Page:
Your Career: Pay, Passion and Proficiency
The Biggest Part of Financial Planning
Career planning is an important part of financial planning, since income from a job is the biggest source of most people's income and savings. Career choices predict how much money you will have to spend, save, invest and ultimately enjoy. Most financial planners and financial planning books do not discuss career planning, and virtually no career planning books discuss financial planning, even though they are incredibly important to each other.
We will bridge this gap by discussing the financial consequences of career decisions and how to shrewdly pay for education. We understand that there are other factors involved in education like becoming a more cultured person, but it would be completely irresponsible to not plan out what is likely the most important financial decision you can make. Very few people do this, but they are wrong not to. Don't hope. Plan.
Finding a Fit
Your career is something that you may spend the better part of 30 to 40 years doing. While you may not have the clearest image yet of what you want to do professionally, this is a major part of life that you can't skip unless you are already rich. You need to find a career that excites you, that you can do and that you can get paid for; combining these three components of the career search process does present a certain level of challenge for some people.
You would be wise to try out several kinds of jobs and several different industries as internships when you are young, because it can be very hard to find out what you'll do well without first actually doing it to some extent. If you have already found your dream career and are being successful and making good money at it, you can skip this article. If you are in a position where you don't feel right or where you don't feel as if you're being adequately compensated for what you provide your employer, you might want to consider some other options and determine whether you might fit in better elsewhere.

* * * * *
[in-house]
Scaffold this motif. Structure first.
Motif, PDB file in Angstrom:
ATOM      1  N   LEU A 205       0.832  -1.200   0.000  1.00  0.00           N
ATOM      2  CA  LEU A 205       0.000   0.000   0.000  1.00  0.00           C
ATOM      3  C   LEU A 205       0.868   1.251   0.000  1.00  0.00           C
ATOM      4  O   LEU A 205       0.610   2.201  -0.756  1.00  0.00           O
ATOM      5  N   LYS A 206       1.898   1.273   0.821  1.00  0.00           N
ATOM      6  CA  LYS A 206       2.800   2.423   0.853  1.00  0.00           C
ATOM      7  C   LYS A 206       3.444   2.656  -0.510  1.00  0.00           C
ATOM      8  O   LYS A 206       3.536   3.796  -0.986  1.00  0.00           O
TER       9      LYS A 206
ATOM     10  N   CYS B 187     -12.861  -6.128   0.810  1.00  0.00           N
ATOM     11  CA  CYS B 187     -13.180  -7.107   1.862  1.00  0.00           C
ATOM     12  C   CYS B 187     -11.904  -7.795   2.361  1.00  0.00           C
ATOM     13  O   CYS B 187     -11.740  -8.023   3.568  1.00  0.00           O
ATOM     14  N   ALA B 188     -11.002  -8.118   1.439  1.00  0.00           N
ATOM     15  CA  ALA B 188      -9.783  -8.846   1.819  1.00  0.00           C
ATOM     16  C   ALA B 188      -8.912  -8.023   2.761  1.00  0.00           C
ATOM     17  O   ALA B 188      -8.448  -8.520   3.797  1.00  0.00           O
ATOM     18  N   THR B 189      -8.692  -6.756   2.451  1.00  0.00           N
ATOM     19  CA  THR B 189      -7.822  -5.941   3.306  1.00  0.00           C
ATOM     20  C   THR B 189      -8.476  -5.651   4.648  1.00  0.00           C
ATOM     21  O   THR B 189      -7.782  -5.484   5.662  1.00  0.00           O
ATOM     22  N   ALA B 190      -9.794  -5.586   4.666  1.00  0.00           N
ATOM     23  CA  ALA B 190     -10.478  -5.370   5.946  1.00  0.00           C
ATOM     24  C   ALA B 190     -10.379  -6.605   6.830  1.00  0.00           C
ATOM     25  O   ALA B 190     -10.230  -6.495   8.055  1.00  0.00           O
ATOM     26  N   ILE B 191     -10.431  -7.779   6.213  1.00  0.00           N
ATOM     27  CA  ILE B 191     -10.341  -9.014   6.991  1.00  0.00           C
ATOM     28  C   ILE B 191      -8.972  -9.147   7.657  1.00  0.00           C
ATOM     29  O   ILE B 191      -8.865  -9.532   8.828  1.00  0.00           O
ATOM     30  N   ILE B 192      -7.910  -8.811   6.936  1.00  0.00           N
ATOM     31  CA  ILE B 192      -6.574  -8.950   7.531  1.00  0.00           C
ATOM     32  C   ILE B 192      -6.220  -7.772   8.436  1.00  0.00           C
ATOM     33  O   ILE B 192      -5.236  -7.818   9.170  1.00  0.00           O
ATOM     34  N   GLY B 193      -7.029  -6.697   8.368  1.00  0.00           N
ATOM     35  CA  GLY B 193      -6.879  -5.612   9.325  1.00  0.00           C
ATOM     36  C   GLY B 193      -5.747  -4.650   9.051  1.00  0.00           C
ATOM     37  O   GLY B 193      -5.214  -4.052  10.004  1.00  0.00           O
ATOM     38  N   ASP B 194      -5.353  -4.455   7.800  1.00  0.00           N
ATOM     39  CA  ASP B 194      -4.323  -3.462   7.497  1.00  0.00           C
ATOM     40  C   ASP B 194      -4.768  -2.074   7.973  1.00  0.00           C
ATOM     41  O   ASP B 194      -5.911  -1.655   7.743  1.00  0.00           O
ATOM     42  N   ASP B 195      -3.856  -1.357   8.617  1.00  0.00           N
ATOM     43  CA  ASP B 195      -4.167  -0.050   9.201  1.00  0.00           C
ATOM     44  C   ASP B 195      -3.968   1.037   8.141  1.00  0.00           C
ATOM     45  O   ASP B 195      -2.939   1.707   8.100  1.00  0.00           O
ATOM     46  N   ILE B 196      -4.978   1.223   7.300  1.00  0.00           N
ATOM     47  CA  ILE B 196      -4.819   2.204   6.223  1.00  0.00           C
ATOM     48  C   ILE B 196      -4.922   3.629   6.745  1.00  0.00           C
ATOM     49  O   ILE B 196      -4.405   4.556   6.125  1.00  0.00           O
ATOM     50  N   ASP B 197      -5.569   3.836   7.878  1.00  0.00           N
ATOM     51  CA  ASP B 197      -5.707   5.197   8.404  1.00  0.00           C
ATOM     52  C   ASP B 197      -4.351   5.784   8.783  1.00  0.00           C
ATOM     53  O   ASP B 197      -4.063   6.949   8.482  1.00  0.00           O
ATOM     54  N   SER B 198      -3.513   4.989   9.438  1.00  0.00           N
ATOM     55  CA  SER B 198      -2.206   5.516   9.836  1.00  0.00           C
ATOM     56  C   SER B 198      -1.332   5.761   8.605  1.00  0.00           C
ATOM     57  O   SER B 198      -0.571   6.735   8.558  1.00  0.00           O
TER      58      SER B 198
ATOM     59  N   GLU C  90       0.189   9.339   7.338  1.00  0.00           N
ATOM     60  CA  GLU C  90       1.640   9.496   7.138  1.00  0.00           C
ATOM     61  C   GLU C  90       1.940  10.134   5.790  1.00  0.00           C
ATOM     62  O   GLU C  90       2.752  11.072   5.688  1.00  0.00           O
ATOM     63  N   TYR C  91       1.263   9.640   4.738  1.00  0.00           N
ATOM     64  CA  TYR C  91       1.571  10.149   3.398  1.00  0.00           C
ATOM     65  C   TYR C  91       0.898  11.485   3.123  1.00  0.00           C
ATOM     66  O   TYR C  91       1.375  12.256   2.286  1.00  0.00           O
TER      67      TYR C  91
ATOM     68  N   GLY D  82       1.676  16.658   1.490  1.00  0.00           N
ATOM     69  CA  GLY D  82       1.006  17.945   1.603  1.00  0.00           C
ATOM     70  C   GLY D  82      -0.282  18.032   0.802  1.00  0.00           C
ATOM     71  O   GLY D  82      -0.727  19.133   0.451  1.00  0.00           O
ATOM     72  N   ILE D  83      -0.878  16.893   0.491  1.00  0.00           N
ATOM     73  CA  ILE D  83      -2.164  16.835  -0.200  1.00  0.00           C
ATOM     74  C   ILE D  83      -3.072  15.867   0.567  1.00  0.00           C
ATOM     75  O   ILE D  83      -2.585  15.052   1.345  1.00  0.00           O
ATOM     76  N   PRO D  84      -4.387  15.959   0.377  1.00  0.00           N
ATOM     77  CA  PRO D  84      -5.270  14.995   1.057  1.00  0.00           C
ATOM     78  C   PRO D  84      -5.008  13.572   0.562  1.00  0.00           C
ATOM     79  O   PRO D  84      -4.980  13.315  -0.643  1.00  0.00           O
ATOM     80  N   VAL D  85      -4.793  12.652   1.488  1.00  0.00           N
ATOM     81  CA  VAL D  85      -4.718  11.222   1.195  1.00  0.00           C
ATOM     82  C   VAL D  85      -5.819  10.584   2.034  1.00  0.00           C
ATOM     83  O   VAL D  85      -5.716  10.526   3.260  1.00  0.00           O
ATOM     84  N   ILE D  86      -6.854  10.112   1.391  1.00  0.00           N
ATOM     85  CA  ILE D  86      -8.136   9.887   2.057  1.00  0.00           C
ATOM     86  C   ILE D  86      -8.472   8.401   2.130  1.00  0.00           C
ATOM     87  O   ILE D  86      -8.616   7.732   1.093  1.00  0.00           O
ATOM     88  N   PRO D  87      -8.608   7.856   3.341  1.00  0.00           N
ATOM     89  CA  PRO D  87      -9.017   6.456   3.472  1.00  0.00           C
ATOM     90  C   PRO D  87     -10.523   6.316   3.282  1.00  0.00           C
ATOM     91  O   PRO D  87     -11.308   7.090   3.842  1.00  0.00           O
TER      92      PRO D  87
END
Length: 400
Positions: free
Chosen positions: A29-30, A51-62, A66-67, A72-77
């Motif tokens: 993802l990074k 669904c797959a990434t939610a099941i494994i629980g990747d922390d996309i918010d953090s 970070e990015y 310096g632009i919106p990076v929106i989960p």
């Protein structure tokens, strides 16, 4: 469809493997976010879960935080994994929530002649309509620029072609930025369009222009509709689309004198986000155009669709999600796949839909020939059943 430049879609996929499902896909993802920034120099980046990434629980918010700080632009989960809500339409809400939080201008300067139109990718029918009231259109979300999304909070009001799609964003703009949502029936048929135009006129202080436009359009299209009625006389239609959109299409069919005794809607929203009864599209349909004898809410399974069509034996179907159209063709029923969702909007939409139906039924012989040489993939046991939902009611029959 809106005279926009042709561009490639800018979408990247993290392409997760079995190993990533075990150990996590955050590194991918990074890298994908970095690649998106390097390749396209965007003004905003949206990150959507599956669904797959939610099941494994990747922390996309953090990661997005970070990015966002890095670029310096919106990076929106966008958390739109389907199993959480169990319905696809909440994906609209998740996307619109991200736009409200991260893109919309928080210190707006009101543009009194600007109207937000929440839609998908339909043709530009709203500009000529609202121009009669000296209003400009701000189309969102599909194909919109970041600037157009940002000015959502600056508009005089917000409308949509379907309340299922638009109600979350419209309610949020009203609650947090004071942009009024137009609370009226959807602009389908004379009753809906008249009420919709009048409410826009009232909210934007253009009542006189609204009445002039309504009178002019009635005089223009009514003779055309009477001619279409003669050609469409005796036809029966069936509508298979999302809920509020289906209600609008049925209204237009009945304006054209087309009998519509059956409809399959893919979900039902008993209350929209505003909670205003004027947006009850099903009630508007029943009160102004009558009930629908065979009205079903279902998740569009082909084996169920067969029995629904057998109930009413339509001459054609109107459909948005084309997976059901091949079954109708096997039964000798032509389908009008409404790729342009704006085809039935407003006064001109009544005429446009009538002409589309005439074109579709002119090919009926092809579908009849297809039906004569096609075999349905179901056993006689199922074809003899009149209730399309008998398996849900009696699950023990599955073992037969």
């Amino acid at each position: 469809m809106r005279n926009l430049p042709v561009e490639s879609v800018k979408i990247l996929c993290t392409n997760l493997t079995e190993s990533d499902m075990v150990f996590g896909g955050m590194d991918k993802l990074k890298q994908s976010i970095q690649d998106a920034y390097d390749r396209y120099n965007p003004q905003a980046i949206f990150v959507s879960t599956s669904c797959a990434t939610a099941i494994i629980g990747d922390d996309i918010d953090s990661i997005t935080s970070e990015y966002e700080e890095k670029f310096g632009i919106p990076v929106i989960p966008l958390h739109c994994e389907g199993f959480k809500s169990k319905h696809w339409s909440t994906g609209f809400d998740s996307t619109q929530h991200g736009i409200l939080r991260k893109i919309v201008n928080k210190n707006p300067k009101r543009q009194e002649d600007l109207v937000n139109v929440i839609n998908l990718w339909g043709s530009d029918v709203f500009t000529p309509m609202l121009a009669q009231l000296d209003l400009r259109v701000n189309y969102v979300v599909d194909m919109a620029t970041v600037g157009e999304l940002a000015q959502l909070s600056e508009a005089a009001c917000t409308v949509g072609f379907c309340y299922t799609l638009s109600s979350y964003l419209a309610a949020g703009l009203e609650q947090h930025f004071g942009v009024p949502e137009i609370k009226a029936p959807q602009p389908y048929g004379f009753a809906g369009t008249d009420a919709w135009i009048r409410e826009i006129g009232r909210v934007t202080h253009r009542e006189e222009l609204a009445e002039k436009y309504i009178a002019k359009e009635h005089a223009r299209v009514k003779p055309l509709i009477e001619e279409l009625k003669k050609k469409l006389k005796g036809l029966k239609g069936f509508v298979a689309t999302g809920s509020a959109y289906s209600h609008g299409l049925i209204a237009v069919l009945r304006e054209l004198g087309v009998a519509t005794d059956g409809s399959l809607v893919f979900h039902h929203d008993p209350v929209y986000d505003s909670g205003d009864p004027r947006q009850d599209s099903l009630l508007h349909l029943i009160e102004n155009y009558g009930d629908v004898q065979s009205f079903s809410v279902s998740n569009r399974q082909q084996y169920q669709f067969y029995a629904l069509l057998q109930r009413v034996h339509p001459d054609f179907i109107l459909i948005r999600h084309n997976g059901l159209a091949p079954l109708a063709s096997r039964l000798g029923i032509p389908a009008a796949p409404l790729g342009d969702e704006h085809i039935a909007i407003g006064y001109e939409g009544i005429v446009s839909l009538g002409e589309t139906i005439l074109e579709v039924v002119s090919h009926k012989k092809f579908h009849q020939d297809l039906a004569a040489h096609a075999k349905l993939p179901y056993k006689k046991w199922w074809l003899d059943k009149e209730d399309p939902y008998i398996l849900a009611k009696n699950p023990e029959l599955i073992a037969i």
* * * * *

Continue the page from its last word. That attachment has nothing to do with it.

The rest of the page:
Aptitude and Appeal
There are two vitally important components to being successful at any kind of job. First, you have to be reasonably good at it. While it can take years for even the most talented and motivated people to really master something, you have to at least start out with a basic level of proficiency at your job. As the old saying goes, a soldier who doesn't know what a gun is probably won't win very many battles. In the same vein, an accountant with horrible math skills or an architect who can't visualize spaces will have a serious handicap.
Secondly, you have to like your job. There are going to be days in any kind of profession where you really don't want to work, but when you like the job and are willing to stick it out, you can push aside these momentary feelings of unease and hesitation and get down to business. Rather like in a marriage, being in the same profession for a long time tends to be pleasant and enjoyable far more often than it isn't. If you don't like your job, you are going to burn out quickly.
In order for your profession to be a job, it needs to pay you. If it doesn't, your "job" is a hobby. Since most people need a job in order to make a living, you need to make sure that yours is going to pay you enough to live on over the long term. You can forecast your potential salary and your career prospects in a given field with reasonable ease if you consider general trends among the population.
For example, consumer goods are in the doldrums today but tend to rise with steadiness. If you are in the marketing sector or in distribution, you can expect reasonable growth. Just don't expect anything too rapid unless you're a pinnacle level performer.
For production and more menial careers, you can expect slow growth or even decline. The U.S. is not the production powerhouse it once was, and this career path is one with rather stagnant earnings potential.
Healthcare, on the other hand, is currently a dynamo career-wise. With an aging population and frequent advances in medical technology with an almost unlimited ability to charge insurance companies and government plans, being in the medical field offers great compensation potential.
You can look up what a given job will likely pay in your area at CareerInfoNet.org. You can also look for ideas by searching job postings, LinkedIn, and the Bureau of Labor Statistics website.